SA doctor who first reported Omicron was told not to describe it as “mild” 

A South African doctor who was one of the first to discover the Omicron variant of Covid-19 has said that she was told not to describe the Coronavirus strain as “mild” – even thought that was her opinion of the variant. 

Dr Angelique Coetzee told Germany’s Die Welt newspaper this week that European governments asked her to portray the new strain as being just as serious as previous variants, including Delta.

“I was told not to publicly state that it was a mild illness,” she said. “I have been asked to refrain from making such statements and to say that it is a serious illness. I declined.”

Omicron has, in fact, been shown to be a milder but more infectious variant of Covid-19,

Dr Coetzee said “based on the clinical picture there are no indications that we are dealing with a very serious disease” – but said she was asked not to make public statements on that opinion.

“The course is mostly mild,” she told Die Welt.

“I’m not saying you won’t get sick if you’re mild. The definition of mild Covid-19 disease is clear, and it is a WHO definition – patients can be treated at home and oxygen or hospitalisation is not required. A serious illness is one in which we see acute pulmonary respiratory infections – people need oxygen, maybe even artificial respiration. We saw that with Delta, but not with Omicron. So I said to people, ‘I can’t say it like that because it’s not what we’re seeing.'”

But she said “they tried” to prevent her from sharing that opinion but “they will not silence me”.

The WHO has urged governments not to describe Omicron as mild, but case fatality ratios are now very low even as rates of Omicron rise, Most countries are abandoning many of the Covid-19 restrictions since Omicron has been shown not to lead to spikes in death or ICU occupancy.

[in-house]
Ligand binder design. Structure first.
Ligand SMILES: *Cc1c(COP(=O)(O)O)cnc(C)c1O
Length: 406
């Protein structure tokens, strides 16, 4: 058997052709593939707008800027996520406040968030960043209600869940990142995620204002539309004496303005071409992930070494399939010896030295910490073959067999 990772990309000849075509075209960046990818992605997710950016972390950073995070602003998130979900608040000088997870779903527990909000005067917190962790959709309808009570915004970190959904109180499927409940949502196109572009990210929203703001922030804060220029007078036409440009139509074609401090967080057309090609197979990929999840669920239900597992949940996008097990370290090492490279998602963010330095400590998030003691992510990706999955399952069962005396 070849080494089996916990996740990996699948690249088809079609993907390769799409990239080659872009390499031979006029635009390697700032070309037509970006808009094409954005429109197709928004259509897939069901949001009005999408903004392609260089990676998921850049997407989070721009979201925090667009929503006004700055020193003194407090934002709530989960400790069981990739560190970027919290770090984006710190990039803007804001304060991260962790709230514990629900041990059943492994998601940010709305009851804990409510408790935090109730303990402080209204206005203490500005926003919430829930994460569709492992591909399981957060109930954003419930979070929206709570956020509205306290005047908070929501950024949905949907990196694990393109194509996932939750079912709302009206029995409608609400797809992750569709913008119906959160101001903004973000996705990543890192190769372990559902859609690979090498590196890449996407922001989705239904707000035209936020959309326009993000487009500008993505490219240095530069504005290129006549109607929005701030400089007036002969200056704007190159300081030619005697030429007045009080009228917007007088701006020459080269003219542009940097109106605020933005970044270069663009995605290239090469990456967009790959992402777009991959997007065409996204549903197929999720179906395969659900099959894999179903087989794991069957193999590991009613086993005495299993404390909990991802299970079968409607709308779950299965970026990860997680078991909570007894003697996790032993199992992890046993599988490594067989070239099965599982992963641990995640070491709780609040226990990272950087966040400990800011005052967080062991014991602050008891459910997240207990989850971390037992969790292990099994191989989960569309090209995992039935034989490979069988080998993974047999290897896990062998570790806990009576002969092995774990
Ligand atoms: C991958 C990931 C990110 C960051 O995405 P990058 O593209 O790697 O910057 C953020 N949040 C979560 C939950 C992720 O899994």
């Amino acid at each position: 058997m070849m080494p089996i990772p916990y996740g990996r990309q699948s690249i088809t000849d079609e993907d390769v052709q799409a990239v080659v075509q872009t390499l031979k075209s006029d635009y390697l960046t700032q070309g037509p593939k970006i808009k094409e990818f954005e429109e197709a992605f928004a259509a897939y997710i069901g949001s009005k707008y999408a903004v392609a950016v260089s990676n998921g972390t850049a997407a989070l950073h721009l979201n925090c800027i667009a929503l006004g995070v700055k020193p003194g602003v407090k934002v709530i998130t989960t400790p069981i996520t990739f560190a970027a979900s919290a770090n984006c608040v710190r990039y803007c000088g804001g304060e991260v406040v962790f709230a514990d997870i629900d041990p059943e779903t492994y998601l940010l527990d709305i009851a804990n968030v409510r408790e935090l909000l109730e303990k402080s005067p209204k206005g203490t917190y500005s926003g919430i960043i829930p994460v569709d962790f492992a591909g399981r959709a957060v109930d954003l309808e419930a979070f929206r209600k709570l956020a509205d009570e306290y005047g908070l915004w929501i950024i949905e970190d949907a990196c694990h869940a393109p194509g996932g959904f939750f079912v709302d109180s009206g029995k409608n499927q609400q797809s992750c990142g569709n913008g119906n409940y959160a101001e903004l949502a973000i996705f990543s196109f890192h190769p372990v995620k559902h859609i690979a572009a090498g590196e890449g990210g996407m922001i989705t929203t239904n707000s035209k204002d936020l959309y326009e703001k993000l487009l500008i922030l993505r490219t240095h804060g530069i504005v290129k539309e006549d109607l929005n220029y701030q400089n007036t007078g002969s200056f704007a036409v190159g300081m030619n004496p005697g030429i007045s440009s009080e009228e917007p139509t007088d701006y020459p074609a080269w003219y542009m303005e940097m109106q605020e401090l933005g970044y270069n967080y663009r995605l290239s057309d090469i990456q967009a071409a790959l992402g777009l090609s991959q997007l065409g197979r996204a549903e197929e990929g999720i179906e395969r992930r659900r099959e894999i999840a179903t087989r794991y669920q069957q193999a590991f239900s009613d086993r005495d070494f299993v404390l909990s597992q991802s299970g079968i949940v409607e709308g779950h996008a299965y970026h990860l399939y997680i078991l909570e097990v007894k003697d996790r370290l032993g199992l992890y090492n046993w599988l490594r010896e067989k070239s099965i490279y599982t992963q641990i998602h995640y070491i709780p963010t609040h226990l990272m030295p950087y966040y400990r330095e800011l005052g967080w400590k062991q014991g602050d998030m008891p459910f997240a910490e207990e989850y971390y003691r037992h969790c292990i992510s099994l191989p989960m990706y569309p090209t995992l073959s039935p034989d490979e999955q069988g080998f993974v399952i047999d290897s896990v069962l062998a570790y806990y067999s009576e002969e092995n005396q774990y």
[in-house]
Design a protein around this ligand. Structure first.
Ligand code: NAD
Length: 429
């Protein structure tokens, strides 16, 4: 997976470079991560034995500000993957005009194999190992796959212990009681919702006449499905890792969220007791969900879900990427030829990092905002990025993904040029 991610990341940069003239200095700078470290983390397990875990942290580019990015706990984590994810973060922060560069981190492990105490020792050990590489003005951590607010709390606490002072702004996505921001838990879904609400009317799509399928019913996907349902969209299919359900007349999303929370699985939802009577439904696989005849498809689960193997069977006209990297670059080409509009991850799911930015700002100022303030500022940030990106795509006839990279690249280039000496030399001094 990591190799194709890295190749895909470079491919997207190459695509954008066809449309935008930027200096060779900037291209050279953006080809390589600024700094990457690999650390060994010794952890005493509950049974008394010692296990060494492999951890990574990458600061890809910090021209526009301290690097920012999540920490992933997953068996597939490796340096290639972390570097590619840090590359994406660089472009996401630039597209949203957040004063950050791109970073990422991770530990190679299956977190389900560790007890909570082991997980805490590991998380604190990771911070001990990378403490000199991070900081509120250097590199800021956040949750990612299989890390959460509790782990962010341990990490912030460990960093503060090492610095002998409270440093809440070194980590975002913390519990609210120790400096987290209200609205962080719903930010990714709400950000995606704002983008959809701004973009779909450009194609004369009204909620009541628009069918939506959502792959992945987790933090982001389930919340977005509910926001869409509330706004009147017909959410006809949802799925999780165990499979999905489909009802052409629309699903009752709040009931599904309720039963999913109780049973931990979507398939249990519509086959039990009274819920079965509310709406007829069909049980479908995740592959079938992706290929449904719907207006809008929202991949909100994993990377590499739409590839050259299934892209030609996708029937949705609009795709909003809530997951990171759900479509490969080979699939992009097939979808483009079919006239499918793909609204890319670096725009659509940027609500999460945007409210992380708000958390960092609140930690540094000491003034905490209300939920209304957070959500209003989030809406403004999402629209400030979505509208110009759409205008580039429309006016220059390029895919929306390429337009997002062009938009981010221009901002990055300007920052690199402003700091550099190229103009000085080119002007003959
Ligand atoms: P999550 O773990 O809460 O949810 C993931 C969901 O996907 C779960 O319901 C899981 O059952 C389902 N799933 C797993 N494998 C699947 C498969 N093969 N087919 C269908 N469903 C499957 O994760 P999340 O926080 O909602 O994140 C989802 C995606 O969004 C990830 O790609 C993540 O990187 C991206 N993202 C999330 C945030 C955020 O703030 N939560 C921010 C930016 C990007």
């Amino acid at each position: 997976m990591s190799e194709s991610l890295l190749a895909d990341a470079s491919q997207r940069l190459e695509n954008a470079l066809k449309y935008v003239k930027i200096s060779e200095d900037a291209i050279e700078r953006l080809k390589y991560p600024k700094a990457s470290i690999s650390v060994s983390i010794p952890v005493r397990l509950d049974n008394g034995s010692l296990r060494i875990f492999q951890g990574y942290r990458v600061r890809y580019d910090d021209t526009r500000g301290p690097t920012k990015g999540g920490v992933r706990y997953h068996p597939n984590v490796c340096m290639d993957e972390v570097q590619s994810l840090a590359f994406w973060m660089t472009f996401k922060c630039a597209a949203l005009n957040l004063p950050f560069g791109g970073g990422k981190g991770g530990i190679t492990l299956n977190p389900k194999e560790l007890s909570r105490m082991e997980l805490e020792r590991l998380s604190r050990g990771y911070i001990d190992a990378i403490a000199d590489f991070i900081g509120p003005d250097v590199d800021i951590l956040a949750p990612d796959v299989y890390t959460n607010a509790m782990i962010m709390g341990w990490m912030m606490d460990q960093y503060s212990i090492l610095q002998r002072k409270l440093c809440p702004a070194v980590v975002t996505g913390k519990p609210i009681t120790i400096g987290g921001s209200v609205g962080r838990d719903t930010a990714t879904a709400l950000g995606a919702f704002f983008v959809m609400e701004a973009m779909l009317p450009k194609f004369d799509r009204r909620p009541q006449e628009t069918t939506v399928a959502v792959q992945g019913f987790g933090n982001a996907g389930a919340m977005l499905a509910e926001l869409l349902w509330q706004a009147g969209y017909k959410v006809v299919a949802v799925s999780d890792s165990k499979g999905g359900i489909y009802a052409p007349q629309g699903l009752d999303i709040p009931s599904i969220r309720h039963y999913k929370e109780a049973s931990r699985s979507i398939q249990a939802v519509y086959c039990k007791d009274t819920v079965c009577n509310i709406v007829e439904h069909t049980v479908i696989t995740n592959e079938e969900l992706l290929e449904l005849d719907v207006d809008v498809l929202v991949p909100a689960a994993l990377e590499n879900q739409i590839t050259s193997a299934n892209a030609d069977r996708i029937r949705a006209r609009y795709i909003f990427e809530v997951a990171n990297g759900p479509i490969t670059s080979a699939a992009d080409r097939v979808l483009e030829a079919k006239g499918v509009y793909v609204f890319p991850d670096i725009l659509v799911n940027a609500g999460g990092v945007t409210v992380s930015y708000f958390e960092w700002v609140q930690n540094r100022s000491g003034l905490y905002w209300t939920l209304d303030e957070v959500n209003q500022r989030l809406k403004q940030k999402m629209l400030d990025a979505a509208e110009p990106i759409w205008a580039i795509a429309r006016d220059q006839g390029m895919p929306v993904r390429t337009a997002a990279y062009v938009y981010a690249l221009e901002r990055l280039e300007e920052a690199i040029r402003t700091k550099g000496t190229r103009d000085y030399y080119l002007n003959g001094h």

Dr Coetzee, who is chairwoman of the South African Medical Association, said she came under pressure from scientists in the UK and the Netherlands who said, “How can you explain that it’s a mild disease? It’s a serious illness. Look at the mutations.”

And she told Die Welt, “What I said at one point – because I was just tired of it – was, ‘In South Africa this is a mild illness, but in Europe it is a very serious one’. That’s what your politicians wanted to hear.”

She added, “My reports have thrown them off track. In a pandemic, you also have to look at what is happening at the grassroots level. The general practitioners who treat the sick every day must be asked what they experience, how the clinical picture presents itself.”

She also told the Australian Daily Telegraph: “Because of all of Covid’s mutations, all of these scientists and politicians who aren’t from South Africa were contacting me telling me I was wrong when I spoke out, that it was a serious disease. They were telling me I had no idea what I was talking about, they kept attacking me.”

“They are accusing me of lying, of downplaying Omicron because of how it has been in Europe. In their minds, it is impossible for a disease with more than 38 mutations to be mild. But I have stated many times before it can be a serious illness if you are unvaccinated and have comorbidities but for the majority of people it is a mild illness. I am the one who has seen the patients first-hand but the politicians won’t listen.”

Dr Coetzee told an LBC interview in December that “There’s no reason why you can’t trust us when we say to you [Omicron is] a mild disease.”

“It’s a mild disease. Speak with our specialists in our hospitals, private sector and public sector, you will hear the same story,” she said.

She stated that Omicron is a relatively “mild” variant of Coronavirus which sees greater transmission yet lower rates of hospitalisation than the Delta variant.

“Yes, you can have a million cases, you can have even more than that, but the severity of the disease is mild.”

WATCH: Dr Angelique Coetzee speaks to Die Welt



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